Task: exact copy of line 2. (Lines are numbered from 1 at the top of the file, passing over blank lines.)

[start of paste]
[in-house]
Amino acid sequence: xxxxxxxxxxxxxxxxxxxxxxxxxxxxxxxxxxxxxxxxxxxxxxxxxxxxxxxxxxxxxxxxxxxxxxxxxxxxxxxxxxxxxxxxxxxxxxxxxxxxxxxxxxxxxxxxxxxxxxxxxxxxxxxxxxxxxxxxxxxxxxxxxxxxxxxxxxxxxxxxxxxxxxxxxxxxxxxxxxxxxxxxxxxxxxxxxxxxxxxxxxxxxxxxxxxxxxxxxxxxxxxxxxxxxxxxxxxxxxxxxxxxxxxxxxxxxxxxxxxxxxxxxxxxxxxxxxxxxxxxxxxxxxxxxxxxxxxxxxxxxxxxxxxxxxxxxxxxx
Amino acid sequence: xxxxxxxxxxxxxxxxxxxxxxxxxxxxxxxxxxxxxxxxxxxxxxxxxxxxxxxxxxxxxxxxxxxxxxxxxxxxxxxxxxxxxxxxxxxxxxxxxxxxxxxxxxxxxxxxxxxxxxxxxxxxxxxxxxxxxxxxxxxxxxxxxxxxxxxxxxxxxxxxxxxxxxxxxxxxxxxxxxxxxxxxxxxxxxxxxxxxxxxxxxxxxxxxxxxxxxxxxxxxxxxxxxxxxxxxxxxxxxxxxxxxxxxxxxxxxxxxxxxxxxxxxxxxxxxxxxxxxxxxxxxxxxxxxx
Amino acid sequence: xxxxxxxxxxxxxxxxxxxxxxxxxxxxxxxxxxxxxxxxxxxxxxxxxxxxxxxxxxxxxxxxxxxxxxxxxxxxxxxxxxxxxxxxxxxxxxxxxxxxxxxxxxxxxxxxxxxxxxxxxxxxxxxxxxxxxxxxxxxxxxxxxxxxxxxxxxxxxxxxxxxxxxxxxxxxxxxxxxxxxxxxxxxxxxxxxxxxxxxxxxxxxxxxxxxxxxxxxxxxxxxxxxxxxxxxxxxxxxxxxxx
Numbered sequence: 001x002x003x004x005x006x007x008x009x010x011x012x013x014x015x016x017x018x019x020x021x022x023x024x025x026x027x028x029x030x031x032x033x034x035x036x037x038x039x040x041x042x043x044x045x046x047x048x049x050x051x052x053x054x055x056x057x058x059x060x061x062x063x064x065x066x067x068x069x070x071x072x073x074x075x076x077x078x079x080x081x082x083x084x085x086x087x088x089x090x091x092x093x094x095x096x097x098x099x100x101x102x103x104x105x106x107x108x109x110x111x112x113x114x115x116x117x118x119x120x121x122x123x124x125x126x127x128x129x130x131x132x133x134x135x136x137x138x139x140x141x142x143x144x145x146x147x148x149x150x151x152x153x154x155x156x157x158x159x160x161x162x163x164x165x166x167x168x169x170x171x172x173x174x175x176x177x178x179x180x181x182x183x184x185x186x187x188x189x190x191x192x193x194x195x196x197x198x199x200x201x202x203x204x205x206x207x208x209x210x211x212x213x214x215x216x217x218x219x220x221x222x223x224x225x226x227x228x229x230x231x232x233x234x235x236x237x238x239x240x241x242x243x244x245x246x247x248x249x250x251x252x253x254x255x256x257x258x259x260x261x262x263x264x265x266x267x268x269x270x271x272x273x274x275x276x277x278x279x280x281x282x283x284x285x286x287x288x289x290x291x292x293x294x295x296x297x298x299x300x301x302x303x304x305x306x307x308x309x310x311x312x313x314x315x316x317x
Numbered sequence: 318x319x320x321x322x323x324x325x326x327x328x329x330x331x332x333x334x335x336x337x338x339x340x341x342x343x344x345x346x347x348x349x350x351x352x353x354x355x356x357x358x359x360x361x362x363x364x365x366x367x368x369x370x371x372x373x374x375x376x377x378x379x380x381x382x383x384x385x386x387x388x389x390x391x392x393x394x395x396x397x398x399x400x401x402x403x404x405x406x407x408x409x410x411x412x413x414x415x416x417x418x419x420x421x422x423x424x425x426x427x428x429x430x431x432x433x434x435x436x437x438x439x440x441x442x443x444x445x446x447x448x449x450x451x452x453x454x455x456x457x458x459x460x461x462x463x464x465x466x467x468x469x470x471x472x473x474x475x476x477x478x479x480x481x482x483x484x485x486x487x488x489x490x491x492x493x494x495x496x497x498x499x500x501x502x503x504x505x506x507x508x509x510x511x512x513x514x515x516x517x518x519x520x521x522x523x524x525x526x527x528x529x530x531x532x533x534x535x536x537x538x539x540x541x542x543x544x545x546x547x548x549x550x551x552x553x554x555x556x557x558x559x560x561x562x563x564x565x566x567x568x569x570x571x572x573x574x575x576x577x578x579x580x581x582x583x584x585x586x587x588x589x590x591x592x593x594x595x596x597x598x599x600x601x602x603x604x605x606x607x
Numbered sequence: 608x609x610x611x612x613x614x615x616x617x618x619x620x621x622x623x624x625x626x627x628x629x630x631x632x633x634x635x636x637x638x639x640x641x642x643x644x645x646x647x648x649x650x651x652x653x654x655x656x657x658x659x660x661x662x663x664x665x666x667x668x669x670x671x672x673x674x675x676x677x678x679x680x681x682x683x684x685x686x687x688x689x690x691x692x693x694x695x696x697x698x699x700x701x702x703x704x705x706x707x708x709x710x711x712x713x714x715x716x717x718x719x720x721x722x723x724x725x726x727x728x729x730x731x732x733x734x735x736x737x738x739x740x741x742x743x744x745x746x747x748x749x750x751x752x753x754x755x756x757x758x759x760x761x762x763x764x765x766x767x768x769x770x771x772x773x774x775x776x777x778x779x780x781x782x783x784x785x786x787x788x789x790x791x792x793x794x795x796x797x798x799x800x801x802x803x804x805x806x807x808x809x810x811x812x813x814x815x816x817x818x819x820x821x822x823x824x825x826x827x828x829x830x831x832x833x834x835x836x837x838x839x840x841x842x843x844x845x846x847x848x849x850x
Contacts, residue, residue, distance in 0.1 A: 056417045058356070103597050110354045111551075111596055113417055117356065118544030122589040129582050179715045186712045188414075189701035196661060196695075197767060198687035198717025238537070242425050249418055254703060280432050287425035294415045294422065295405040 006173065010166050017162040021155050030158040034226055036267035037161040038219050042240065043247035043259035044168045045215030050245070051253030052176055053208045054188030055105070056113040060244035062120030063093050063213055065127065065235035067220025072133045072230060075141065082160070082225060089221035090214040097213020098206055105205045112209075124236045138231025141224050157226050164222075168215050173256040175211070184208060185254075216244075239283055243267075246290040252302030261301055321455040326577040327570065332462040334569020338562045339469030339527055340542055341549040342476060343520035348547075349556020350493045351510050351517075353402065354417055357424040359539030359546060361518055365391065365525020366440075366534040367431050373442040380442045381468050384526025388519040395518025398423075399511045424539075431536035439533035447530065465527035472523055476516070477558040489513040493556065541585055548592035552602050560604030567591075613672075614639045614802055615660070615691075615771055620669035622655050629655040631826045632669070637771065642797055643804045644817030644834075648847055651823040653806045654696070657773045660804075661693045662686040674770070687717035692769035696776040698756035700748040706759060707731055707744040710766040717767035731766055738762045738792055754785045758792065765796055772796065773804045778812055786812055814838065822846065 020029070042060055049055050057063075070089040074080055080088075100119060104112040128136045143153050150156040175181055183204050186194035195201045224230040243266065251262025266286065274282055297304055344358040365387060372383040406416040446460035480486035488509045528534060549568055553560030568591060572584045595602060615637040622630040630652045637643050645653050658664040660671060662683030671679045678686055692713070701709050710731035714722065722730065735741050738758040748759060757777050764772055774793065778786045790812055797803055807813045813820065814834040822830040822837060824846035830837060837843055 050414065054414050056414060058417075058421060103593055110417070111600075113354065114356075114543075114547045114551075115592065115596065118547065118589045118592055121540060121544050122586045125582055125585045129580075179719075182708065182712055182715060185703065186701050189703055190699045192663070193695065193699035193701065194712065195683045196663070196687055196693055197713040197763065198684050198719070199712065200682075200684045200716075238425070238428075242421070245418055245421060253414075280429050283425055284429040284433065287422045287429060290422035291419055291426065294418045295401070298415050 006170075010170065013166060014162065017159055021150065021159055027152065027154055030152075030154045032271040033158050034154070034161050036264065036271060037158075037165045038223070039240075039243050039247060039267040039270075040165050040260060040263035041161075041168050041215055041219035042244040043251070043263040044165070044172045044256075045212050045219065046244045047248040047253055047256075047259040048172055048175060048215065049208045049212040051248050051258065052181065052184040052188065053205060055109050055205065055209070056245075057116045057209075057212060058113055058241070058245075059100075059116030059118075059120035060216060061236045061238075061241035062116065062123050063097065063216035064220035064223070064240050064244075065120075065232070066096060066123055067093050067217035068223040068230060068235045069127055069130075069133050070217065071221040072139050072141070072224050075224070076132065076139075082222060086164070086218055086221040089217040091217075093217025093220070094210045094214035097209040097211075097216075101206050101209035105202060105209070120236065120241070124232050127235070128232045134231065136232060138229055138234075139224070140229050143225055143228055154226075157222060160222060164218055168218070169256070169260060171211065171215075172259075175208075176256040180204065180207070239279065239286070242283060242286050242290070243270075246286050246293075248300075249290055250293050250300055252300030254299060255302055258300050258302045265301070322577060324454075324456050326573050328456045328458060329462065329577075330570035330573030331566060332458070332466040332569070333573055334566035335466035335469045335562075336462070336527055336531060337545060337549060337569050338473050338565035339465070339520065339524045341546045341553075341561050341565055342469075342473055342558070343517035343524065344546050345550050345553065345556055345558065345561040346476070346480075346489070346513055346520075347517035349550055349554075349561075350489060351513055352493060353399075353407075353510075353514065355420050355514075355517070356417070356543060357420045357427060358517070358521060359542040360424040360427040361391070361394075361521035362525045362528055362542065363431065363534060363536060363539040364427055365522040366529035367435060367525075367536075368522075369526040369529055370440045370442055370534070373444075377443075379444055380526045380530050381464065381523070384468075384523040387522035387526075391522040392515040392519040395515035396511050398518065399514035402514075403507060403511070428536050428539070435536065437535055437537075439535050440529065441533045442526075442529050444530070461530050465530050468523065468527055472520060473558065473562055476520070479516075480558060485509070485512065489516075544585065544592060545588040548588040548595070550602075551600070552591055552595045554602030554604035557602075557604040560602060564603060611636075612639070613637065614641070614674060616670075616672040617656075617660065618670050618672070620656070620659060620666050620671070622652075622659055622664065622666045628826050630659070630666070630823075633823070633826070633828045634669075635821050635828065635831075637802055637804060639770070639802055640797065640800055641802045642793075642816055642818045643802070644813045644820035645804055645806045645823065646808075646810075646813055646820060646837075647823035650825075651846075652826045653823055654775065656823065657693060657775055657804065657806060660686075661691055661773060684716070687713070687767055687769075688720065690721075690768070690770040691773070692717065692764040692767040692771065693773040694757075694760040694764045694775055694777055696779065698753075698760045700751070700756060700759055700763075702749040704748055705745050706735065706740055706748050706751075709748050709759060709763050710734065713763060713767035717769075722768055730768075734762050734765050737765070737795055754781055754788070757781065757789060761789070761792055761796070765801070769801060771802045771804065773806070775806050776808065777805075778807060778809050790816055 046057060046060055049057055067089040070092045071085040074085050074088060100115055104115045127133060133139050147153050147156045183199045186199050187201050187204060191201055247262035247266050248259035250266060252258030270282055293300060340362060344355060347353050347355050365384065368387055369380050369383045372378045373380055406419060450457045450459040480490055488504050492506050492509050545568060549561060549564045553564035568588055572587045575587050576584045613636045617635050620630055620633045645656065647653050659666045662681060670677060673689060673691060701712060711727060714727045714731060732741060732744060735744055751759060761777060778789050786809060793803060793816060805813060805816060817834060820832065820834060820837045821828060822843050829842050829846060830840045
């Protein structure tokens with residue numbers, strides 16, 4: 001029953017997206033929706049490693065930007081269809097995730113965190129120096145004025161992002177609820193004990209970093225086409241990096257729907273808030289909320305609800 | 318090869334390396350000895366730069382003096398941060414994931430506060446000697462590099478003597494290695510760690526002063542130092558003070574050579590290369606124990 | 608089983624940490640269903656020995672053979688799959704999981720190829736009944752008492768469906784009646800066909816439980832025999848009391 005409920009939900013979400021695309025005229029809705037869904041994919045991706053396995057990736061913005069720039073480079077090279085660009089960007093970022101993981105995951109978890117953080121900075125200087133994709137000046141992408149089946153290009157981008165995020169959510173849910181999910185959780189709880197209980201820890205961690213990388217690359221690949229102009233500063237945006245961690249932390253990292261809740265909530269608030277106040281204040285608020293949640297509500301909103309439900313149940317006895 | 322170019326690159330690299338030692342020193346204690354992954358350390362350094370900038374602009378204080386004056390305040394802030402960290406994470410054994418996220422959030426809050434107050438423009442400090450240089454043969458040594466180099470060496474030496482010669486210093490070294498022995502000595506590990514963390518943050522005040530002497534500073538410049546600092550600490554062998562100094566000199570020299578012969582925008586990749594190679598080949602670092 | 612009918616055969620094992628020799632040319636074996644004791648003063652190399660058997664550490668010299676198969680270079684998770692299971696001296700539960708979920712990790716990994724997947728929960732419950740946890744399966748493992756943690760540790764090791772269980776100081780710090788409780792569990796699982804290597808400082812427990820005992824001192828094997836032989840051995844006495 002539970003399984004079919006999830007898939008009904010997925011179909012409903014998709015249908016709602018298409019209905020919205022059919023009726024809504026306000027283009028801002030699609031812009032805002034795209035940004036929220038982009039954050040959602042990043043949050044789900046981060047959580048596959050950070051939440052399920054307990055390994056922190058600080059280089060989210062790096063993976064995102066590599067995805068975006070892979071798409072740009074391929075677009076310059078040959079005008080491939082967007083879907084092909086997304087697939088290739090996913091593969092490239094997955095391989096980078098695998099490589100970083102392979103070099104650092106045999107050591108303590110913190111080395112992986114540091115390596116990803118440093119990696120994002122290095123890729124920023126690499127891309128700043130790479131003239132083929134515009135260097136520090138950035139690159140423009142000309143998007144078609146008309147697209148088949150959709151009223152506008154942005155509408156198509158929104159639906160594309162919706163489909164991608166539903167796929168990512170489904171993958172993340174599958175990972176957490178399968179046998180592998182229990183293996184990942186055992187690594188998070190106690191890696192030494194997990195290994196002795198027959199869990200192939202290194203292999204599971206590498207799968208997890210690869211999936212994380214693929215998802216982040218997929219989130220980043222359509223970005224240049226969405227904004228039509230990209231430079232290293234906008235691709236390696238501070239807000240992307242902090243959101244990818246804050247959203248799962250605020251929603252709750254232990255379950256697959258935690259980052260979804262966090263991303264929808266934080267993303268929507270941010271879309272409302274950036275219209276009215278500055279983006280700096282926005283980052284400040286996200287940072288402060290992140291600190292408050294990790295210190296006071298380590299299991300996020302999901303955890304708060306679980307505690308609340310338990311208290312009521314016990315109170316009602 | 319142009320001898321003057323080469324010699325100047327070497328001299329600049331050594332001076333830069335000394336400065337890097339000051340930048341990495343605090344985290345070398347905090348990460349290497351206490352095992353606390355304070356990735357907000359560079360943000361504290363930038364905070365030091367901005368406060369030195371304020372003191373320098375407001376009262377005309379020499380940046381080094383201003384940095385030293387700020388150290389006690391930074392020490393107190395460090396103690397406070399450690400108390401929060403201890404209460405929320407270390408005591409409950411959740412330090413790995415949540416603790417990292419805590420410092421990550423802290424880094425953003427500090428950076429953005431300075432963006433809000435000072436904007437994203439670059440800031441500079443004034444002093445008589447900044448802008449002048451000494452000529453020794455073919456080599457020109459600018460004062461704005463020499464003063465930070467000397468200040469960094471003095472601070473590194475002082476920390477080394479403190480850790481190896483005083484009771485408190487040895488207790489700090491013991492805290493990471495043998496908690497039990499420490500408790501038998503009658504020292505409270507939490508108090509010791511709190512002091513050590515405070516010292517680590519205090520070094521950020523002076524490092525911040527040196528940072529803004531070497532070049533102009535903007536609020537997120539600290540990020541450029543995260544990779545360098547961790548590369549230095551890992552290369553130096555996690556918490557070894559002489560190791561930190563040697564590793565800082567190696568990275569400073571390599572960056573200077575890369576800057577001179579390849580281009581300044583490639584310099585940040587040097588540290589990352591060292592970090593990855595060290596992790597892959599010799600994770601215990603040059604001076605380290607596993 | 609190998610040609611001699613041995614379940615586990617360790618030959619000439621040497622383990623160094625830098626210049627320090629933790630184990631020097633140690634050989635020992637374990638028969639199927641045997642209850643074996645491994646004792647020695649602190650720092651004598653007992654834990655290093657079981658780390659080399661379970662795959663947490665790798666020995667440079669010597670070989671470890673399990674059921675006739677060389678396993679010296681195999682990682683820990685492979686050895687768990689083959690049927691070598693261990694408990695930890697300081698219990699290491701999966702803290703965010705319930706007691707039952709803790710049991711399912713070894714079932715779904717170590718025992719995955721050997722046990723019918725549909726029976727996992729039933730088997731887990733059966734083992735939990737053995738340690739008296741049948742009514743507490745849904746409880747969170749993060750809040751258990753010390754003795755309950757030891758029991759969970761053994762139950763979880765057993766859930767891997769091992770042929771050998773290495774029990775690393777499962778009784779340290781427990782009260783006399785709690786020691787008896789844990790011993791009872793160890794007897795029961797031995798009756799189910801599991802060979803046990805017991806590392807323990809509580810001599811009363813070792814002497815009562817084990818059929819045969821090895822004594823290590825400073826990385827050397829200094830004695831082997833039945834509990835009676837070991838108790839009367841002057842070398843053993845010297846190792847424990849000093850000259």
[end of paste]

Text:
Amino acid sequence: xxxxxxxxxxxxxxxxxxxxxxxxxxxxxxxxxxxxxxxxxxxxxxxxxxxxxxxxxxxxxxxxxxxxxxxxxxxxxxxxxxxxxxxxxxxxxxxxxxxxxxxxxxxxxxxxxxxxxxxxxxxxxxxxxxxxxxxxxxxxxxxxxxxxxxxxxxxxxxxxxxxxxxxxxxxxxxxxxxxxxxxxxxxxxxxxxxxxxxxxxxxxxxxxxxxxxxxxxxxxxxxxxxxxxxxxxxxxxxxxxxxxxxxxxxxxxxxxxxxxxxxxxxxxxxxxxxxxxxxxxxxxxxxxxxxxxxxxxxxxxxxxxxxxxxxxxxxxx